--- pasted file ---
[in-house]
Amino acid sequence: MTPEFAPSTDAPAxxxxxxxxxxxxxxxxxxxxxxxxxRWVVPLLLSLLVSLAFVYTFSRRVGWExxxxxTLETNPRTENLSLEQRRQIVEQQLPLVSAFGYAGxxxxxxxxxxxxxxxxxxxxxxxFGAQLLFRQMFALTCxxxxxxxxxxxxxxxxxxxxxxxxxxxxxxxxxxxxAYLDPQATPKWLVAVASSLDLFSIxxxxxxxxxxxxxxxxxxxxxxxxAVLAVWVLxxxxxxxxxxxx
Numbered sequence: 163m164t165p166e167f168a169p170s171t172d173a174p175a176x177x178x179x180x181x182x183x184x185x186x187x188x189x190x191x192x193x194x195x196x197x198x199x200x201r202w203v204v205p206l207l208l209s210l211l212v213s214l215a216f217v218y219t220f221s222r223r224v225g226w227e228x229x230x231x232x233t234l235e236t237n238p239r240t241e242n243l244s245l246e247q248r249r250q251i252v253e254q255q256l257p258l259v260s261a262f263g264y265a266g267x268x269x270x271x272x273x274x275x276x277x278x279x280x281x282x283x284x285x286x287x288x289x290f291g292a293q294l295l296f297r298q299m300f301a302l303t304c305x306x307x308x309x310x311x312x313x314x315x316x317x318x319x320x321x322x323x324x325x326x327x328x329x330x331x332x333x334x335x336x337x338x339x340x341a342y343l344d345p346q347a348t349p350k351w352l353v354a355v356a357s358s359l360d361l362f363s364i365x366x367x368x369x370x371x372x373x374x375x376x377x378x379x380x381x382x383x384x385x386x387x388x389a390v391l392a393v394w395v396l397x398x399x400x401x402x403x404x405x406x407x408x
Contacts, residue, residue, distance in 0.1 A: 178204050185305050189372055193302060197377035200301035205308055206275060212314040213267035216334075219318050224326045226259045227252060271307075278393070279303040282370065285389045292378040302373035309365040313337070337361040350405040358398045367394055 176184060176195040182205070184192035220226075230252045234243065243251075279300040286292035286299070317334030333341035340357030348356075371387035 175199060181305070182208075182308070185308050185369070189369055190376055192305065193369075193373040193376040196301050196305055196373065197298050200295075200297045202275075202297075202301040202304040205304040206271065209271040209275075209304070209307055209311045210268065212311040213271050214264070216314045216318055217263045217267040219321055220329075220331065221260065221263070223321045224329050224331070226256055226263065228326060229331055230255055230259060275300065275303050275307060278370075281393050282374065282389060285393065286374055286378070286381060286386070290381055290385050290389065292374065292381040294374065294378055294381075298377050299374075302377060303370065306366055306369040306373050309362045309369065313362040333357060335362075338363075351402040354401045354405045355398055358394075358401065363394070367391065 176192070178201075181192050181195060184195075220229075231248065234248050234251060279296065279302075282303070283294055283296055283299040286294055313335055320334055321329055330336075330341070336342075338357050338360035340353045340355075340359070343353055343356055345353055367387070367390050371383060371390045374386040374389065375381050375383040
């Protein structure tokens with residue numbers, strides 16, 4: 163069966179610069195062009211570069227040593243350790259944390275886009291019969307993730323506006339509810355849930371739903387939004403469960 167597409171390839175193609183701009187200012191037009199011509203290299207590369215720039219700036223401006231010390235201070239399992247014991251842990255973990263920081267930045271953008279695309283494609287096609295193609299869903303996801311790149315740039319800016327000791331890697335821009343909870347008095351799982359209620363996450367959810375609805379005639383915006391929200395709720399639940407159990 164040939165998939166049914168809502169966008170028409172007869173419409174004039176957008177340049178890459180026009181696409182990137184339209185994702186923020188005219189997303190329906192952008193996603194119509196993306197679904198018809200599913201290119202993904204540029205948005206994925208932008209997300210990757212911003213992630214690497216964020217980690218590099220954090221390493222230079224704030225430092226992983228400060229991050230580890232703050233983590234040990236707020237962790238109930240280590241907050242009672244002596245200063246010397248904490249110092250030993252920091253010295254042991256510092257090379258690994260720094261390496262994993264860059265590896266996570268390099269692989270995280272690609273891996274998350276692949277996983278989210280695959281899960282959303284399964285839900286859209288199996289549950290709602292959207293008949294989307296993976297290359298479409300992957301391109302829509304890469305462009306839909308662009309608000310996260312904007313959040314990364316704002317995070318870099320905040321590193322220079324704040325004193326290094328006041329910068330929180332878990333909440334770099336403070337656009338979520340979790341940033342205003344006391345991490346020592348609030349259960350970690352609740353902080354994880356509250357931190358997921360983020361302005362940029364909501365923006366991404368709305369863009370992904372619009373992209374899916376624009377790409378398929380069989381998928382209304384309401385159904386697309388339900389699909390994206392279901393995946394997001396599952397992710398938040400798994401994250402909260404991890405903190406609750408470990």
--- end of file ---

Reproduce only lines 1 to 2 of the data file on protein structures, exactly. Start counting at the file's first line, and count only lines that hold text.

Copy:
[in-house]
Amino acid sequence: MTPEFAPSTDAPAxxxxxxxxxxxxxxxxxxxxxxxxxRWVVPLLLSLLVSLAFVYTFSRRVGWExxxxxTLETNPRTENLSLEQRRQIVEQQLPLVSAFGYAGxxxxxxxxxxxxxxxxxxxxxxxFGAQLLFRQMFALTCxxxxxxxxxxxxxxxxxxxxxxxxxxxxxxxxxxxxAYLDPQATPKWLVAVASSLDLFSIxxxxxxxxxxxxxxxxxxxxxxxxAVLAVWVLxxxxxxxxxxxx